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Sir Keir suggests he supports vaccine passports for mass events but 'not for everyday use'
26 July 2021, 10:51 | Updated: 26 July 2021, 20:49
Sir Keir Starmer on vaccine passports
Sir Keir Starmer has told LBC he supports vaccine passports for large-scale events but says they should not be used on an "everyday basis".
The Labour leader said he wants to be "pragmatic" about the use of Covid vaccine passports in England but wants to make sure all sectors are opened up as quickly as possible.
Sir Keir told Nick Ferrari during Call Keir: "I think that passports on their own aren't enough because as we know, sadly you can be double jabbed and still get the new variant."
Asked whether he would support the Government in a vote, he said Labour would "look carefully" at proposals and added: "What I don't want to see, just to be very clear about this, is I don't want to see vaccine passports used on an everyday basis for access to critical things like health, dentistry, food, etc.
"So, for sporting events, I'll look at what the Government puts on the table. I want to be pragmatic because we all want all business sectors and sporting sectors to return as quickly as possible. But not for everyday use.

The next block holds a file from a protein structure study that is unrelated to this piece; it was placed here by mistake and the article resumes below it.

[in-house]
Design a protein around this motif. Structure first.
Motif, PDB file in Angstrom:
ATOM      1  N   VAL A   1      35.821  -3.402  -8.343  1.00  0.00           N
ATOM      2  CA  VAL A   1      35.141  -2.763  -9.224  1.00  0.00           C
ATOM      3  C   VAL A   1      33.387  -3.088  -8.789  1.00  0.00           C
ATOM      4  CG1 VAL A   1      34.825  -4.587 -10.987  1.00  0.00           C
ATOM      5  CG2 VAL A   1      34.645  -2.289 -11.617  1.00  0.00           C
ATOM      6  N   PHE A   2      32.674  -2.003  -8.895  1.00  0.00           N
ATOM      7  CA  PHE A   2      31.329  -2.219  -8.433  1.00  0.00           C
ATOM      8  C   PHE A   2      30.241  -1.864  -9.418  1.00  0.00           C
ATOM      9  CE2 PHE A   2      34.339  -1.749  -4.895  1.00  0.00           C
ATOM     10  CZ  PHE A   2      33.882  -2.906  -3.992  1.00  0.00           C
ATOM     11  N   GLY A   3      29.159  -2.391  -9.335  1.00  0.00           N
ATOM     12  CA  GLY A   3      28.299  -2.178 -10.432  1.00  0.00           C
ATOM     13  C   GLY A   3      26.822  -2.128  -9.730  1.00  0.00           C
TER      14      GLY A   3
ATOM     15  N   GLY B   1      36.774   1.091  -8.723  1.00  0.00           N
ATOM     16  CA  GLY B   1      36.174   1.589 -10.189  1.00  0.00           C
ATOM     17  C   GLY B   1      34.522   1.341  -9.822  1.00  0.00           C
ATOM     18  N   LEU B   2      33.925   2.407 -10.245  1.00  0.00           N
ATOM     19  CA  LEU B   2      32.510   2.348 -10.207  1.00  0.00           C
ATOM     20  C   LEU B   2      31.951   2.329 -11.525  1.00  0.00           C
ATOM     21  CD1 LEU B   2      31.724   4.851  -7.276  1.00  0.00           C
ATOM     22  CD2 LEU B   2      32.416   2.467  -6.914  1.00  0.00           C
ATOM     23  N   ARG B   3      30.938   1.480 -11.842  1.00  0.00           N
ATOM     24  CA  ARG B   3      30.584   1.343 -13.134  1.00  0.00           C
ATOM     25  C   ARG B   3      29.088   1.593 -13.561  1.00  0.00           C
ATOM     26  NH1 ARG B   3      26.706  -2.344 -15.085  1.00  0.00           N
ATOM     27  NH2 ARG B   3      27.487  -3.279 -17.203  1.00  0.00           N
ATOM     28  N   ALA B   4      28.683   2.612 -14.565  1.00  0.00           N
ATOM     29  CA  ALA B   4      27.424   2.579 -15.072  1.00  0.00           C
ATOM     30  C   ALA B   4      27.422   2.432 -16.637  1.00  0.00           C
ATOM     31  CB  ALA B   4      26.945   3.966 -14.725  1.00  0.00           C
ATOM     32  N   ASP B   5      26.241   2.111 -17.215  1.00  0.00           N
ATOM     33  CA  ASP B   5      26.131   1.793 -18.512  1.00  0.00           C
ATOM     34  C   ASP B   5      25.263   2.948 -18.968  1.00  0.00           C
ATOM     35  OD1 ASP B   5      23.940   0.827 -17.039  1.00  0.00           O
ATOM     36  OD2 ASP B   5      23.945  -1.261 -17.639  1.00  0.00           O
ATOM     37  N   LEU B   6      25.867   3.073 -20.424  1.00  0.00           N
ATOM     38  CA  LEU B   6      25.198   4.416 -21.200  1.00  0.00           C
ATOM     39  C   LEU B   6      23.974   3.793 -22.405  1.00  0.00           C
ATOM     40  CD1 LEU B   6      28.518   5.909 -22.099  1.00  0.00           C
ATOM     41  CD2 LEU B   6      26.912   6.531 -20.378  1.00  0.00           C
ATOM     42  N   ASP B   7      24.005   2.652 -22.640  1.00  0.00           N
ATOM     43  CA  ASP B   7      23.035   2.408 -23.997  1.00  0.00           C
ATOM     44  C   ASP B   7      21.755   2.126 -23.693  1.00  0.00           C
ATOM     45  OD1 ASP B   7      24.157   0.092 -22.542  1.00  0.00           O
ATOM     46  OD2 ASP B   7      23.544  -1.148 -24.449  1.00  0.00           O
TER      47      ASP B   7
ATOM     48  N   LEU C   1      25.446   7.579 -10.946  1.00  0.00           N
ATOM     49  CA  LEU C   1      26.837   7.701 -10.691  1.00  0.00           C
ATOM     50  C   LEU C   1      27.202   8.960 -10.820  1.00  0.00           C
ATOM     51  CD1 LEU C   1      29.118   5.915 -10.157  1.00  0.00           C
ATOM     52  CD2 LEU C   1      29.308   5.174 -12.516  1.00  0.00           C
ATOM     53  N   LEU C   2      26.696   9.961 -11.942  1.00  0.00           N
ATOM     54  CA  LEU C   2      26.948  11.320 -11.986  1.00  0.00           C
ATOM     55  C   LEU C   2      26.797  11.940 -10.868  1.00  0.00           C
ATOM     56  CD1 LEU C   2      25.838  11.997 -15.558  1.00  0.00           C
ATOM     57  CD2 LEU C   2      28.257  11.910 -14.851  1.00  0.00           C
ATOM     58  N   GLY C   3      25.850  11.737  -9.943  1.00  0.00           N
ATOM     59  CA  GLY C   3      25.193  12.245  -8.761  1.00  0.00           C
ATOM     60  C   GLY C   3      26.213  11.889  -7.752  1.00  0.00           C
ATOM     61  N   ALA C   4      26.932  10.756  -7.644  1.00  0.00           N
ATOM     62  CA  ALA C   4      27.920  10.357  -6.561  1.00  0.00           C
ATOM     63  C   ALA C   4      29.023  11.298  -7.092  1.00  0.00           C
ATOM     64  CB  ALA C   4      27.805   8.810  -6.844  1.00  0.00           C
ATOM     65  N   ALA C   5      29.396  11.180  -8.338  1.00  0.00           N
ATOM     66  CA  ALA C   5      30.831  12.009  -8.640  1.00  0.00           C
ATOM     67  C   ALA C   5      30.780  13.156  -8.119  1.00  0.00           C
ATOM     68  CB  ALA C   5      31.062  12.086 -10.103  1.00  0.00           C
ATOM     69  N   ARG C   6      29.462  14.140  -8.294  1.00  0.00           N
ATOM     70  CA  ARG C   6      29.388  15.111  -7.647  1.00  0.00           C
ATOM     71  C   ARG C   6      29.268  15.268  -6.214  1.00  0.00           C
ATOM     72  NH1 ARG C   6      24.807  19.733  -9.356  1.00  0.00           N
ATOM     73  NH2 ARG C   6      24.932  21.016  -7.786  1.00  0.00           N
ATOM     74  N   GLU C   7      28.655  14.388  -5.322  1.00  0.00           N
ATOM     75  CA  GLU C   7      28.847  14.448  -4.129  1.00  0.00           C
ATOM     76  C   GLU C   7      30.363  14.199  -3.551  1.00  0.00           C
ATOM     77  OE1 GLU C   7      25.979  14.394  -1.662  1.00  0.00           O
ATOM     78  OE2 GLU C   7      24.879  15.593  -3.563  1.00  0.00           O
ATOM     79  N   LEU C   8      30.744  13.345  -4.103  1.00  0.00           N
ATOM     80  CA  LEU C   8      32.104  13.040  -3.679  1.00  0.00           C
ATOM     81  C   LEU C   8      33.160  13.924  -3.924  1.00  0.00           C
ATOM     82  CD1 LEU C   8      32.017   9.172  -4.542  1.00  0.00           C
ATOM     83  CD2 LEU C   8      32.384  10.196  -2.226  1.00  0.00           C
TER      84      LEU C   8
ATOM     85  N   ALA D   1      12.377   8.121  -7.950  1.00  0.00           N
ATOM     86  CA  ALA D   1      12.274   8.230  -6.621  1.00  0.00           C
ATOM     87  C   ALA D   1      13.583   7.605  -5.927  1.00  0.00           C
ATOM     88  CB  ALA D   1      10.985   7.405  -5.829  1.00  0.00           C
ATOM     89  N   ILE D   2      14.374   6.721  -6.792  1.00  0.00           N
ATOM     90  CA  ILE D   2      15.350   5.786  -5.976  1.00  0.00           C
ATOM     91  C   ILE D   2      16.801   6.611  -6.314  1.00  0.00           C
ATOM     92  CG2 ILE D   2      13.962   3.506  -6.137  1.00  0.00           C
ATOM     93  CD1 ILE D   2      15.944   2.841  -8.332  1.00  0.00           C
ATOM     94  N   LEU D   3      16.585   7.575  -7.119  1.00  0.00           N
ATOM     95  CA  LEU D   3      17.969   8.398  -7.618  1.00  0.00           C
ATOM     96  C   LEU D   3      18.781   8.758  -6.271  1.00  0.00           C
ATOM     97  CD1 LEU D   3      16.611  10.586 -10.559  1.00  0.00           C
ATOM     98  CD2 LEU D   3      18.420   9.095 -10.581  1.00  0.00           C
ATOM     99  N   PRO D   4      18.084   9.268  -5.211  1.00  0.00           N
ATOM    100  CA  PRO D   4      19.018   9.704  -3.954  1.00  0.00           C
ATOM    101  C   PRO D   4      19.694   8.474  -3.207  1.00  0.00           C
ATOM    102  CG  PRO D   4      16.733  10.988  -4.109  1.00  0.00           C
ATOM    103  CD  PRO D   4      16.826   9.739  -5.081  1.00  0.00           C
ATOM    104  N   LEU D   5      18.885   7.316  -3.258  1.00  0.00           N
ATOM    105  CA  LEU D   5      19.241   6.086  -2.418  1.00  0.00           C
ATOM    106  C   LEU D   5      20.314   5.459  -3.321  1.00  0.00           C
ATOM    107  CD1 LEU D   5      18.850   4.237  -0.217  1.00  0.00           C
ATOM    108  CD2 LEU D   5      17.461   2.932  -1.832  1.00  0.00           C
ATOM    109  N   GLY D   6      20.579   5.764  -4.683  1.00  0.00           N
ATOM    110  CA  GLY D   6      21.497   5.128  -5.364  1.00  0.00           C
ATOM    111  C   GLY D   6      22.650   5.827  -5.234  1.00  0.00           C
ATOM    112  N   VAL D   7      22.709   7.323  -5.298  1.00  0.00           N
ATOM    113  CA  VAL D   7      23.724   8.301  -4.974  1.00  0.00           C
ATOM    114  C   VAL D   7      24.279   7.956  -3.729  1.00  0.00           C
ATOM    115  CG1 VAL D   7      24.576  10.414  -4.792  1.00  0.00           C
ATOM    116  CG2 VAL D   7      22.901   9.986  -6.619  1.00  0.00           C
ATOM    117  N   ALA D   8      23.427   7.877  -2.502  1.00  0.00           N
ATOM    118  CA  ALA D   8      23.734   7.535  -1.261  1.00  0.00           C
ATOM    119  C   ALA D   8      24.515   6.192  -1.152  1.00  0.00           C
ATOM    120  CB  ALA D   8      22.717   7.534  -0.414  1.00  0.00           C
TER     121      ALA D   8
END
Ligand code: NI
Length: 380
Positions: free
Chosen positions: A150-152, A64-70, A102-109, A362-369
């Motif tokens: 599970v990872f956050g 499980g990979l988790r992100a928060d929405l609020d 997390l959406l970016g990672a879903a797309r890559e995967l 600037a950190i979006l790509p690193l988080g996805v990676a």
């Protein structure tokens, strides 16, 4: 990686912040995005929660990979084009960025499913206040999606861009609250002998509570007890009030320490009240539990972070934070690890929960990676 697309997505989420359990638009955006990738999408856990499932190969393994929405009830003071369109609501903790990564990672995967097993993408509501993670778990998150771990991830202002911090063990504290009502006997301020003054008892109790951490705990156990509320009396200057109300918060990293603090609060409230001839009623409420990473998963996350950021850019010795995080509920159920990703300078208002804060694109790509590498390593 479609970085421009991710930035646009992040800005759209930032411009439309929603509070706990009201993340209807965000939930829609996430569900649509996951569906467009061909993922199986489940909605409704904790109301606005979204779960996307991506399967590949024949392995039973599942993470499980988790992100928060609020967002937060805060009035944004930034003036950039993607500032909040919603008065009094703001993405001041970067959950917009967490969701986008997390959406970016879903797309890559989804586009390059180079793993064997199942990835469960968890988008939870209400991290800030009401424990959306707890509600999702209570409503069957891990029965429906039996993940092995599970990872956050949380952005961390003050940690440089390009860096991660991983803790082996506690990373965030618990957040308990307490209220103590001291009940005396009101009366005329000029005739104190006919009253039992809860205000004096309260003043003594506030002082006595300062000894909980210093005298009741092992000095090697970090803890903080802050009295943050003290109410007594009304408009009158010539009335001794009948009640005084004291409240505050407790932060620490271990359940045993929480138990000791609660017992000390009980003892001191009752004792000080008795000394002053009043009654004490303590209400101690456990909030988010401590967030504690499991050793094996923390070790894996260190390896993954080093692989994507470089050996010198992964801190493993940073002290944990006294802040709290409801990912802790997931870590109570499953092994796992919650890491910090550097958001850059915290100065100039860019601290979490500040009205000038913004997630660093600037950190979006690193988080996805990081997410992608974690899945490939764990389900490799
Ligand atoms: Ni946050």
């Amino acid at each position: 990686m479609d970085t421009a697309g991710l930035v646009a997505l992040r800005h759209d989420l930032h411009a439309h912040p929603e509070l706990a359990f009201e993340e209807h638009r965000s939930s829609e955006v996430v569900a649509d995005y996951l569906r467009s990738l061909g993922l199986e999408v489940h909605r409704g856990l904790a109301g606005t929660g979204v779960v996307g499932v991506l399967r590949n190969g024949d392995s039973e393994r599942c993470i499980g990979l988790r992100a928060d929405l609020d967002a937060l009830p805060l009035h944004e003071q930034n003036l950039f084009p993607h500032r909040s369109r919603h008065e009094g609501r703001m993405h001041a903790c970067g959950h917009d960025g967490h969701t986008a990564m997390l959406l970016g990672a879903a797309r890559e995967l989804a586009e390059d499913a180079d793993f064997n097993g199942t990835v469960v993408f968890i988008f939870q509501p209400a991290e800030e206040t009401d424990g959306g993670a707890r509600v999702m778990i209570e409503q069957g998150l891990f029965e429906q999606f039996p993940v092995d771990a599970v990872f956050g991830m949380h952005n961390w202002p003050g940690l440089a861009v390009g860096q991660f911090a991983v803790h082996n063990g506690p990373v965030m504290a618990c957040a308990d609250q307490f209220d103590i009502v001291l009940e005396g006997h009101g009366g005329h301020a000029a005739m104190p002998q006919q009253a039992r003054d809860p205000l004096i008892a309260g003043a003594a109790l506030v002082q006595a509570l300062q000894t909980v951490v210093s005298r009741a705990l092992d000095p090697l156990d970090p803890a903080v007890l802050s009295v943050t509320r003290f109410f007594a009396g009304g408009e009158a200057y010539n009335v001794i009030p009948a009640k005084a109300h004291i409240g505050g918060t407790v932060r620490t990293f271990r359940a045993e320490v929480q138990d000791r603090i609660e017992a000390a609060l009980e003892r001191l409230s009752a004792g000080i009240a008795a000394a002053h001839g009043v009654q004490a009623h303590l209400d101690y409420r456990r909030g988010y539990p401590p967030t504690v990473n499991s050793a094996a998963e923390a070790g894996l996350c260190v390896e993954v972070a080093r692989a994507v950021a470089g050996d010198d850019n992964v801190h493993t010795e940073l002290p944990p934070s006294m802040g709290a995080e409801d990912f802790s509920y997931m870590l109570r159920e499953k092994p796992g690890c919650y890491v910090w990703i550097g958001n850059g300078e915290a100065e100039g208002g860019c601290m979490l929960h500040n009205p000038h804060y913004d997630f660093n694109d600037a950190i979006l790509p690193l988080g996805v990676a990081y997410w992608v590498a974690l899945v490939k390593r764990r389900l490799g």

"I think tests are actually more useful than double vaccinations, as the Health Secretary has shown. He, of course, got Covid just about 10 days ago now, I know he's through it now, but he had been double vaccinated. So, I actually think tests are much more useful.
"I think that the idea that we can go back to mass sporting events or other events without any checks is not one I would subscribe to."
Sir Keir's comments come after Boris Johnson faced backlash over his plans to make coronavirus vaccination compulsory for nightclubs and other crowded venues from the autumn.
Mr Johnson made the announcement last Monday on the so-called "Freedom Day" - the day that clubs in England were allowed to open for the first time since March last year.
Chief scientific adviser Sir Patrick Vallance said during the Downing Street press conference clubs had the potential to cause "super spreading events".
The move has been described as an “absolute shambles” by Michael Kill, the chief executive of Night Time Industries Association, who said "'freedom day' for nightclubs lasted around 17 hours".